Abstract

Background. Heparin-induced thrombocytopenia (HIT) is a clinicopathologic diagnosis requiring thrombocytopenia, a thrombotic or other heparin-related toxicity and demonstration of heparin-PF4 antibodies. A recently described clinical scoring system to determine the pre-test probability of HIT, the 4 T’s, appears promising in evaluation of suspected HIT when based on serotonin release assay (ASH 2003, #1963). We sought to evaluate this scoring system in conjunction with the heparin-PF4 ELISA, which is more widely available. Furthermore, we sought to determine if optical density (OD), as a correlate of heparin-PF4 antibody levels, may have clinical significance.

Methods. A retrospective review of all heparin-PF4 antibody tests (GTI, Waukesha, WI) at our institution over 3 years was performed. The clinical probability of HIT was calculated using the 4 T’s model through an extensive review of computerized medical records. The clinical probability was compared to the OD of the ELISA for heparin-PF4.

Results. There were 134 heparin-PF4 tests performed, sufficient clinical data was available for 104 patients. The distribution of low probability (LP), moderate probability (MP) and high probability (HP) was 41%, 43% and 15%, respectively. Overall, 14% received LMWH, 82% received unfractionated heparin, and 5% received no documented heparin. The indications for anticoagulation were prophylaxis in 49% and treatment in 46%. In-hospital death occurred in 25% of patients. Hematology consultation was obtained in 54% of cases. In patients who received a hematology consultation and had a high clinical probability of HIT, 78% were started on an alternate anticoagulant (p=0.002). In patients who did not receive a hematology consultation and who had a high clinical probability, only 29% received alternate anticoagulation (p=0.099). The OD of the ELISA for heparin-PF4 antibodies was 0.146 (0.066–0.552), 0.239 (0.087–2.883) and 0.396 (0.135–3.689), for LP, MP and HP groups, respectively. This was statistically significant between LP and MP and between LP and HP, (p <0.0005), but not statistically significant between MP and HP (p=0.060).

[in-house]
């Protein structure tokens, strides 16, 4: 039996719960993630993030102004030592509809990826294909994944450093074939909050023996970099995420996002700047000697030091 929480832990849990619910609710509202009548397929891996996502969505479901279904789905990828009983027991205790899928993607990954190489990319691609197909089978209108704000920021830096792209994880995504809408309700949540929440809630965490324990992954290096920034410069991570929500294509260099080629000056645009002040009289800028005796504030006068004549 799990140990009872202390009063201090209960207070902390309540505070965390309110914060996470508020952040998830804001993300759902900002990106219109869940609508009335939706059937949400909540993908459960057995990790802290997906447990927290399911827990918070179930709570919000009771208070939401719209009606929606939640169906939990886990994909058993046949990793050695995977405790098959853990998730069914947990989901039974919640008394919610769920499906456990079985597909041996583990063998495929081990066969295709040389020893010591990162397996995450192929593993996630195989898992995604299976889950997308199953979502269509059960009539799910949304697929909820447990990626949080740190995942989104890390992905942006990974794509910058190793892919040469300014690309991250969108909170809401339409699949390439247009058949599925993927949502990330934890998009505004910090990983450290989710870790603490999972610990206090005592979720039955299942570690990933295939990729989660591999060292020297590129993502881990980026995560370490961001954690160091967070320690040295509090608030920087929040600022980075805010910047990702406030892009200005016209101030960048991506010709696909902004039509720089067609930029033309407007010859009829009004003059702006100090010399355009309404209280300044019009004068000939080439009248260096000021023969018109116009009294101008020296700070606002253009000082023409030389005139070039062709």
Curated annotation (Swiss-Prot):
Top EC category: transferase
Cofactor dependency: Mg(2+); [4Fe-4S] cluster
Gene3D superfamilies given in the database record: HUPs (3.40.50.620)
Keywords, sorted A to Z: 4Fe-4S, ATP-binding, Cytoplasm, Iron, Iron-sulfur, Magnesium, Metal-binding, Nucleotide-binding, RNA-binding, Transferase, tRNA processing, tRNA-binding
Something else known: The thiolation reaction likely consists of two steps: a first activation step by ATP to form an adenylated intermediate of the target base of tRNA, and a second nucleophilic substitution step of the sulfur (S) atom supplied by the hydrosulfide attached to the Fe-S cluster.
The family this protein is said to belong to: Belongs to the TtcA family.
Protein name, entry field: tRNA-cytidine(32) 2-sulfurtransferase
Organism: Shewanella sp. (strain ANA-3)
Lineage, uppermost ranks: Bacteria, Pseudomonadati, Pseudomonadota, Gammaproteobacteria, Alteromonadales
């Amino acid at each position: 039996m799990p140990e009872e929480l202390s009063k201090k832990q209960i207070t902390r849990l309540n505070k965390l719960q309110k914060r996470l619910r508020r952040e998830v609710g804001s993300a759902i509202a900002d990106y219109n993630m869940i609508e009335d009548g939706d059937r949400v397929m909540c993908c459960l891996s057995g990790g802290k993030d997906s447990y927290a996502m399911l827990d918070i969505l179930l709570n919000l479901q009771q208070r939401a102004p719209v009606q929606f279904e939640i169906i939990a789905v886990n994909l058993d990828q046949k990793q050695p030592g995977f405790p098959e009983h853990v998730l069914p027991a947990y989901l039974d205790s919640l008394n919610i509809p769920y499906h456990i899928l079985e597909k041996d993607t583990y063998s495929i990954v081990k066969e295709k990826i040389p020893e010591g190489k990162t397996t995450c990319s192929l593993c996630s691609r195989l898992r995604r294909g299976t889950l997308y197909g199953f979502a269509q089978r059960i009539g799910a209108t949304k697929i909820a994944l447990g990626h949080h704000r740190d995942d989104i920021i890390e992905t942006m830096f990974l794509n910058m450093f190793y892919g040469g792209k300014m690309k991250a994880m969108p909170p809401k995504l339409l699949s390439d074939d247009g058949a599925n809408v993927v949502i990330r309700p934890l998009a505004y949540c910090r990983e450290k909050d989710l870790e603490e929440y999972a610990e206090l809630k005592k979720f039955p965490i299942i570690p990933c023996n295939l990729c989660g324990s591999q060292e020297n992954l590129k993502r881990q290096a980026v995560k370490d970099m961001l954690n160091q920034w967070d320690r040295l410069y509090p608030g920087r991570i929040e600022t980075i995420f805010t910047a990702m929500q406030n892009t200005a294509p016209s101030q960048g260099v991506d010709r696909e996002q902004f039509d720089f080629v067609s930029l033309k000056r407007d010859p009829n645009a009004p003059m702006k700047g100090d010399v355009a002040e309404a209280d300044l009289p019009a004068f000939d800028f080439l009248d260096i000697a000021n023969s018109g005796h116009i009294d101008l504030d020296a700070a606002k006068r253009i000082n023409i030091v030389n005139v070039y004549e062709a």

Conclusions. There is a trend toward higher heparin-PF4 antibodies as measured by OD as clinical probability of HIT increases; larger prospective studies are needed to confirm these findings. The use of alternate anticoagulation more closely reflects clinical scores when hematology consultation is obtained.

Likelihood of alternate anticoagulation based on pretest probability (4T’s) without hematology consultation

 (−) alt. anticoagulation (+) alt. anticoagulation Total 
Low 20 (95%) 1 (5%) 21 (100%) 
Moderate 16 (76%) 5 (24%) 21 (100%) 
High 5 (71%) 2 (29%) 7 (100%) 
 (−) alt. anticoagulation (+) alt. anticoagulation Total 
Low 20 (95%) 1 (5%) 21 (100%) 
Moderate 16 (76%) 5 (24%) 21 (100%) 
High 5 (71%) 2 (29%) 7 (100%) 

Likelihood of alternate anticoagulation based on pretest probability (4T’s) with hematology consultation

 (−) alt. anticoagulation (+) alt. anticoagulation Total 
Low 18 (82%) 4 (18%) 22 (100%) 
Moderate 12 (50%) 12 (50%) 24 (100%) 
 2 (22%) 7 (78%) 9 (100%) 
 (−) alt. anticoagulation (+) alt. anticoagulation Total 
Low 18 (82%) 4 (18%) 22 (100%) 
Moderate 12 (50%) 12 (50%) 24 (100%) 
 2 (22%) 7 (78%) 9 (100%) 

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